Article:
Deploying Docker Images To Google Cloud Using Kubernetes Engine

This post assumes that you already have a working docker image, that you can build and run on your local machine, and obviously a Google Cloud account with all of the necessary APIs activated, and the Google Cloud SDK installed on your machine. If all of that is in order, you are good to go!

The first thing I do is ensure that I have an up-to-date GitHub repo on my code, which I usually keep in the following format:

I set up a new repository in Github, and then make sure the repository is up to date using and before doing a final

Now, let’s get on and build our Docker image and push it up to Google Cloud’s container registry. Start by issuing:

Feel free to test in on your local machine with:

And kill / remove the process once you have finished using a combination of , , and .

Before pushing it to Google Cloud, we must quickly tag our image with the necessary information that Google Cloud needs. Make sure you replace with the correct project ID in the Google Cloud dashboard. Issue:

We can now push it to Google Cloud’s Container Registry using the command installed by the Google Cloud SDK. The registry is similar to Docker Cloud, but ties in nicely with Google’s console and the Kubernetes Engine. Push it with:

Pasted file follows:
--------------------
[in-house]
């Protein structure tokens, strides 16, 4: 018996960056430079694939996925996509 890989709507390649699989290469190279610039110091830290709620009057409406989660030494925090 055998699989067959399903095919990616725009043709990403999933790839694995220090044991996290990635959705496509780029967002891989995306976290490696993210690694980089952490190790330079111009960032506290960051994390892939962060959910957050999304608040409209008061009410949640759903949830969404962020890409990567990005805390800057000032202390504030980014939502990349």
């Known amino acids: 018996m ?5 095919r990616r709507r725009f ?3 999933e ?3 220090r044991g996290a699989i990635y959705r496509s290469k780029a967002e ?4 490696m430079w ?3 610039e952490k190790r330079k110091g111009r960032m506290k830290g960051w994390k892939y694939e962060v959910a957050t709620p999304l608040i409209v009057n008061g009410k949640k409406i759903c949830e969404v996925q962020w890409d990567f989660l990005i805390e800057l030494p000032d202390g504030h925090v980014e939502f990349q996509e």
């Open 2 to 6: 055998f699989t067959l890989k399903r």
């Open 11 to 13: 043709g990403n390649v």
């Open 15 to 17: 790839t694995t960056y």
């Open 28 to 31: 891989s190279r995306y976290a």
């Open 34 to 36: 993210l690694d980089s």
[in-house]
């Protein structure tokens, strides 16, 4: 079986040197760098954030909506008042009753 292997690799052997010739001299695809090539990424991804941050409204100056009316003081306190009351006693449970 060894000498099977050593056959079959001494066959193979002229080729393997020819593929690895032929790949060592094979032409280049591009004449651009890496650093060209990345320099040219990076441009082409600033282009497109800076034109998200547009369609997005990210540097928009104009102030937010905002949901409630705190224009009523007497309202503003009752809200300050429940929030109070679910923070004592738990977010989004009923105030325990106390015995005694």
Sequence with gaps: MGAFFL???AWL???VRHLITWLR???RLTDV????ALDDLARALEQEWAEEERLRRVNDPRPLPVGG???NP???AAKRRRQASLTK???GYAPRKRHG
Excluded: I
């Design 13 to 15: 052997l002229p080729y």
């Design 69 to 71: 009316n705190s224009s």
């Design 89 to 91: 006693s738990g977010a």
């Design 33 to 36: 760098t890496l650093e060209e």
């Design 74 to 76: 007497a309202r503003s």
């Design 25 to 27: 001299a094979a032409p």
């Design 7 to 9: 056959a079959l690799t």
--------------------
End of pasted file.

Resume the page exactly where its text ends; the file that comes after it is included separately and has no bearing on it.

Now if you head to your Google Cloud Console, and over to the Container Registry, you should see your new Docker image there. Good work!

We now need to get our image served in Kubernetes Engine. Kubernetes Engine is Google’s hosted version of Kubernetes, which enables you to create a cluster of “nodes” to serve your containers among. To get started, create a cluster by following the prompts in the Kubernetes Engine dashboard. Then head to “workloads” and hit the “Deploy” button.

Make sure you click the “Select existing Google Container Registry image” button, and then choose your repository and tag (which will initially be v1). Click ‘Done’, give it a useful name, and then hit ‘Deploy’.

In the panel on the right, you will see the option to ‘Expose’ your image to the internet using a load balancer. Go ahead and do this. You will then be provided with an internet-facing endpoint which you can test your deployment on. Congratulations, you have just deployed a docker image to Google Cloud using Kubernetes Engine!



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Dr. Joe Logan

Developer and AI enthisiast from Sydney. Founder of Alixir. Check me out @